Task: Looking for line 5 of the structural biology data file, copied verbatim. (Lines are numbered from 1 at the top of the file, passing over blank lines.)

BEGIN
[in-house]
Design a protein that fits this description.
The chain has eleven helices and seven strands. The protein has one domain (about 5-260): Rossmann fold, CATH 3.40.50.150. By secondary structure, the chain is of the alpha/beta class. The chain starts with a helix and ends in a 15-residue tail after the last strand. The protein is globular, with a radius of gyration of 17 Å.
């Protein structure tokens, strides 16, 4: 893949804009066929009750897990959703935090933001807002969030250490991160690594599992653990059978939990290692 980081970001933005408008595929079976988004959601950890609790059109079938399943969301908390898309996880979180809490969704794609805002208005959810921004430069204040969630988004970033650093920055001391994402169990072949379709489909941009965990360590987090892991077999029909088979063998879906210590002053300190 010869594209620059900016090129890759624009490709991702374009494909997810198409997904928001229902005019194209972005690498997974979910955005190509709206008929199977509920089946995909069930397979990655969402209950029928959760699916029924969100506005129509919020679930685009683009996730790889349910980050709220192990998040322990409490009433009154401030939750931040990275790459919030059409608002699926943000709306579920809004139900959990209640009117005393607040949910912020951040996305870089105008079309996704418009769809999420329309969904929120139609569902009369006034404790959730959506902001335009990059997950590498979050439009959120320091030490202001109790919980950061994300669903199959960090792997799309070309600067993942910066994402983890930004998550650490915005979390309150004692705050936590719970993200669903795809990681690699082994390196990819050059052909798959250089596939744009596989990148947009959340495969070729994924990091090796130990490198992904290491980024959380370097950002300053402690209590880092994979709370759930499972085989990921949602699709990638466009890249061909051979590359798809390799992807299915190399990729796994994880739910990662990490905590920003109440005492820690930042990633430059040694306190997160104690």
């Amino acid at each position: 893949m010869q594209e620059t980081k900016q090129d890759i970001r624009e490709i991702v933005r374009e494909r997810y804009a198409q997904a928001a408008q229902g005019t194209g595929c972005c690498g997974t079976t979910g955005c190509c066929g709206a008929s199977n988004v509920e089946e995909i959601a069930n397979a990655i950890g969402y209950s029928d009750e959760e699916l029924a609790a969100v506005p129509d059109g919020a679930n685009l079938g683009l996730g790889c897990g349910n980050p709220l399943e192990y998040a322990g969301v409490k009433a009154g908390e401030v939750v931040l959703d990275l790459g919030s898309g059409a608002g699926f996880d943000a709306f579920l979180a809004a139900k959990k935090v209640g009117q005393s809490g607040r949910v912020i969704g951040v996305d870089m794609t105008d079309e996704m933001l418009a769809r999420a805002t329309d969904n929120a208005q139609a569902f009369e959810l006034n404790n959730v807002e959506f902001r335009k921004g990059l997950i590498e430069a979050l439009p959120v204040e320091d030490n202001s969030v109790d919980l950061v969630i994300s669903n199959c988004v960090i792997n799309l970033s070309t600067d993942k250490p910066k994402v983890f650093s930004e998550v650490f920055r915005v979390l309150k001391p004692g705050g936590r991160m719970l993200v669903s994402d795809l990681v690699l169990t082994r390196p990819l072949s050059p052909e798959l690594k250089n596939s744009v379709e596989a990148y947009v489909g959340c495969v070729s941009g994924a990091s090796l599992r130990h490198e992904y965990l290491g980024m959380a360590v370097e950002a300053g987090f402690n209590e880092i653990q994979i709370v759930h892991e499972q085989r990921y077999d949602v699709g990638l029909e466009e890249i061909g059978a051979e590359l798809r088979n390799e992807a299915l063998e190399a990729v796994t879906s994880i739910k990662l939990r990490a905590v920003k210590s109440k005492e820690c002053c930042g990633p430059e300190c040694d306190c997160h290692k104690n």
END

């Amino acid at each position: 893949m010869q594209e620059t980081k900016q090129d890759i970001r624009e490709i991702v933005r374009e494909r997810y804009a198409q997904a928001a408008q229902g005019t194209g595929c972005c690498g997974t079976t979910g955005c190509c066929g709206a008929s199977n988004v509920e089946e995909i959601a069930n397979a990655i950890g969402y209950s029928d009750e959760e699916l029924a609790a969100v506005p129509d059109g919020a679930n685009l079938g683009l996730g790889c897990g349910n980050p709220l399943e192990y998040a322990g969301v409490k009433a009154g908390e401030v939750v931040l959703d990275l790459g919030s898309g059409a608002g699926f996880d943000a709306f579920l979180a809004a139900k959990k935090v209640g009117q005393s809490g607040r949910v912020i969704g951040v996305d870089m794609t105008d079309e996704m933001l418009a769809r999420a805002t329309d969904n929120a208005q139609a569902f009369e959810l006034n404790n959730v807002e959506f902001r335009k921004g990059l997950i590498e430069a979050l439009p959120v204040e320091d030490n202001s969030v109790d919980l950061v969630i994300s669903n199959c988004v960090i792997n799309l970033s070309t600067d993942k250490p910066k994402v983890f650093s930004e998550v650490f920055r915005v979390l309150k001391p004692g705050g936590r991160m719970l993200v669903s994402d795809l990681v690699l169990t082994r390196p990819l072949s050059p052909e798959l690594k250089n596939s744009v379709e596989a990148y947009v489909g959340c495969v070729s941009g994924a990091s090796l599992r130990h490198e992904y965990l290491g980024m959380a360590v370097e950002a300053g987090f402690n209590e880092i653990q994979i709370v759930h892991e499972q085989r990921y077999d949602v699709g990638l029909e466009e890249i061909g059978a051979e590359l798809r088979n390799e992807a299915l063998e190399a990729v796994t879906s994880i739910k990662l939990r990490a905590v920003k210590s109440k005492e820690c002053c930042g990633p430059e300190c040694d306190c997160h290692k104690n």